ISLAMABAD: Days after parliament adopted legislation toughening up penalties for honour killings, the father of slain social media starlet Qandeel Baloch ruled out the possibility of pardoning his son for the high-profile murder.
Qandeel’s murder sparked an outcry in Pakistan, hastening lawmakers to move an anti-honour killing bill through parliament.
Last week, the government led by PML-N passed fresh piece of legislation aimed at closing loopholes which previously allowed killers to walk free.
“There is no pardon from our side,” Baloch’s father Muhammad Azeem told AFP, calling for his son and the three men accused with him to be punished “at the earliest. They should get life imprisonment or death — I will feel happy”.
He and his wife, Baloch’s mother Anwar Mai, said they had been unaware of the change in the law, which came three months after their daughter’s death sparked revulsion in the country and abroad.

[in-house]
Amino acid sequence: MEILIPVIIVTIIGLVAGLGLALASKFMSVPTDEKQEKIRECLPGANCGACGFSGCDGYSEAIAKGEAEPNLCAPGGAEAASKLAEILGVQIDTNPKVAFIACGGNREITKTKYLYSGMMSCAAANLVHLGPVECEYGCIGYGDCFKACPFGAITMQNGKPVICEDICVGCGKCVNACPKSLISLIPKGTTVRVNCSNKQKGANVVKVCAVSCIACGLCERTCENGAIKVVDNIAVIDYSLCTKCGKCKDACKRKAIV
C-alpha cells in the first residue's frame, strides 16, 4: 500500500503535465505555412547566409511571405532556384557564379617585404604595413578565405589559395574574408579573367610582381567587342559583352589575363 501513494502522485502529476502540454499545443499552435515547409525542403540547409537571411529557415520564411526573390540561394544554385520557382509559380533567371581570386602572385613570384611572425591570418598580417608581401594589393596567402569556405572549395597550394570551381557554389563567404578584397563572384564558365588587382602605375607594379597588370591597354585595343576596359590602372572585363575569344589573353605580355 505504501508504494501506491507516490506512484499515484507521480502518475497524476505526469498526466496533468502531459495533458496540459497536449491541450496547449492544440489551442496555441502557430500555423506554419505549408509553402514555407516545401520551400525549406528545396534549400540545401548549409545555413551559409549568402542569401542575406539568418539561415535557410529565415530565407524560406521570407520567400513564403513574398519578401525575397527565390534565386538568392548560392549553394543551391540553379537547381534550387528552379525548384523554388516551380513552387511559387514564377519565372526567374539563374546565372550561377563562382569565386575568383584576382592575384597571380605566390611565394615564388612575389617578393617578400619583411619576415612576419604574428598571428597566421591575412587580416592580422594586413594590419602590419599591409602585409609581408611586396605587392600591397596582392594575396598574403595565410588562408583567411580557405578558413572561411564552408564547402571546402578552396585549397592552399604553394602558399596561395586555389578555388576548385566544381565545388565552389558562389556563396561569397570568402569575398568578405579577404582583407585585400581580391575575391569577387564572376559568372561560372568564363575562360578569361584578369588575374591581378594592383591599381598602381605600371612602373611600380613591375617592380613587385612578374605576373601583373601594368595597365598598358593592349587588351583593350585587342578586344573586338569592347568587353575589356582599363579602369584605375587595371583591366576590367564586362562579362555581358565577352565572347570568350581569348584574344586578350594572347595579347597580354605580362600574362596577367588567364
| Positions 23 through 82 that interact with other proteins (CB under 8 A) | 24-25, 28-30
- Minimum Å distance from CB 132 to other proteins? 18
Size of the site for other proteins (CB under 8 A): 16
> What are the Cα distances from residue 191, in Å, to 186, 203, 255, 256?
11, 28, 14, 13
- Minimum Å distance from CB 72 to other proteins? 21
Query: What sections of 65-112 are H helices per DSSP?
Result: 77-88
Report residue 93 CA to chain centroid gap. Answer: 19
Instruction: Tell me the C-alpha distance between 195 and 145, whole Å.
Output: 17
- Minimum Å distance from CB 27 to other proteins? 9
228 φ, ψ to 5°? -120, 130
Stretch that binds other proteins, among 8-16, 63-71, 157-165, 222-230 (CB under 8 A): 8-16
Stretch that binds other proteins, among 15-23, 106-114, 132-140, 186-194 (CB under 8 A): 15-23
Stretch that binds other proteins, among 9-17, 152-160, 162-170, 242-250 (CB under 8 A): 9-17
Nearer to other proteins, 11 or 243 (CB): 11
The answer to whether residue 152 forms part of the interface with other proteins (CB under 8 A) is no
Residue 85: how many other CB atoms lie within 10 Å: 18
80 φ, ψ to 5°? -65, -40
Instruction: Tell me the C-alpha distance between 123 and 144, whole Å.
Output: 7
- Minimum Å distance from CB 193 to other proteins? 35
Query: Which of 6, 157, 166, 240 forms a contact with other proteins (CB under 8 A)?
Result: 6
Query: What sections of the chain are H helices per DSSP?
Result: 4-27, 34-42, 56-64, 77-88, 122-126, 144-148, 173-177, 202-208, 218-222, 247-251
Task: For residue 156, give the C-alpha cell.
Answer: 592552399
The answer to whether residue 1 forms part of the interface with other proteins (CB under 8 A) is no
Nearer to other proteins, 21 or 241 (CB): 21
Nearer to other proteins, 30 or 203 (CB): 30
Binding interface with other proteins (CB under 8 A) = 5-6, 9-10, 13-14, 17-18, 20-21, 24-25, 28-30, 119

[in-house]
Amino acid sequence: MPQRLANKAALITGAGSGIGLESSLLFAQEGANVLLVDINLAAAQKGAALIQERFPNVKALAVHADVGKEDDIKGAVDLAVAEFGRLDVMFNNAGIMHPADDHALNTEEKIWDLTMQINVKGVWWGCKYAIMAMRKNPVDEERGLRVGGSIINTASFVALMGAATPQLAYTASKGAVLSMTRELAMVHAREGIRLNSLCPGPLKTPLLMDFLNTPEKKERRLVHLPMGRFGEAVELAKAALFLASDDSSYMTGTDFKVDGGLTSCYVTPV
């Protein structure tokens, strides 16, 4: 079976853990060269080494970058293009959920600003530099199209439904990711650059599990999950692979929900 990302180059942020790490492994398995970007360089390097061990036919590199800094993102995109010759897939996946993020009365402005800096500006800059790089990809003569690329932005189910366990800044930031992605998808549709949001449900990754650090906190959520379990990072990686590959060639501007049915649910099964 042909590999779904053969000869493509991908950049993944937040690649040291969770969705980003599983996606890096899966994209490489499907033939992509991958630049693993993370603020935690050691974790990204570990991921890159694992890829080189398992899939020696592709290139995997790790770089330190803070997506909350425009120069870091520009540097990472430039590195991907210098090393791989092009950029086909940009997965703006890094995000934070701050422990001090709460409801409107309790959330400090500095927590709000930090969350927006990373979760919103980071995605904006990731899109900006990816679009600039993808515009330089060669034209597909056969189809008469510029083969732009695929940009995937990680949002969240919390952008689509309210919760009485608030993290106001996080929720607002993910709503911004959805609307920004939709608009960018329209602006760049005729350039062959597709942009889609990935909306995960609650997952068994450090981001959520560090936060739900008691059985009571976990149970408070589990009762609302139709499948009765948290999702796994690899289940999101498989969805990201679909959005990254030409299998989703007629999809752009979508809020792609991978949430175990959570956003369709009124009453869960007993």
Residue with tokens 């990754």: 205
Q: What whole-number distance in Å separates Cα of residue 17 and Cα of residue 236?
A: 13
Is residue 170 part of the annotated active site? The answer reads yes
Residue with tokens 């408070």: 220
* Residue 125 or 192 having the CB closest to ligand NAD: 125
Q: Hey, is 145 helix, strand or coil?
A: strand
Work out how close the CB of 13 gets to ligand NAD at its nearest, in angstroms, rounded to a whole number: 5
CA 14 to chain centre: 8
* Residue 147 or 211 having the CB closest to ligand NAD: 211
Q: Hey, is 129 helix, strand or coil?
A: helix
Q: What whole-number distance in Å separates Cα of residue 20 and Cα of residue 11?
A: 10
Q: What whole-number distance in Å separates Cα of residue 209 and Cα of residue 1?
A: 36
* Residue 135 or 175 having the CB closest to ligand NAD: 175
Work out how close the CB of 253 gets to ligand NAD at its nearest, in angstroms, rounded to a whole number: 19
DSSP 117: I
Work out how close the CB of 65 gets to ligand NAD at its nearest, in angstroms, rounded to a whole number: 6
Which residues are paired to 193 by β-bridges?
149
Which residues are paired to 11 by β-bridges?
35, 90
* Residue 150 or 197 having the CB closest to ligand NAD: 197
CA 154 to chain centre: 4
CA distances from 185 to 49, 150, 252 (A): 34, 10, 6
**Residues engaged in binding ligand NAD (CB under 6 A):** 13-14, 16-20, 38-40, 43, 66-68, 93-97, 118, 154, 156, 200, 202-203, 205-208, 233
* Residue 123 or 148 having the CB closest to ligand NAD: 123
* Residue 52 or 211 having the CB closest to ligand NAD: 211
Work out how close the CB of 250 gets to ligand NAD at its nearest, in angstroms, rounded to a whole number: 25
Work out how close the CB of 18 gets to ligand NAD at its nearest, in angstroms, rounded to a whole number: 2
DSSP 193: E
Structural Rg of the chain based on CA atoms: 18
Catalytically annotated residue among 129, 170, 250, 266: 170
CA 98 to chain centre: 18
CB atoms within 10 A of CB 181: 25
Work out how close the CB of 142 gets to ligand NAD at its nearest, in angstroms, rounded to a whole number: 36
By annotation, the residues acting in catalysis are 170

Their son, Mai said, had not understood the repercussions the murder would have. The death of Baloch reignited polarising calls for action after her brother admitted killing her.
His mother said this weekend that he had thought his parents would become the only complainants in the case, which under previous legislation would have allowed him to escape punishment if his family had forgiven him.
Waseem thought he would be imprisoned for just “two to three months and then after he will be free, he was not aware that this would become a high-profile case”, Mai told AFP.
Lawyers told AFP the wording of the legislation, aimed at mandating a life sentence for honour killings, still leaves too much up to a judge’s discretion.
“There is a danger that it can be interpreted to mean that this only applies in cases when there is a disagreement over pardon of the offencer,” said criminal law professor Abira Ashfaq.
Published in The Express Tribune, October 12th, 2016.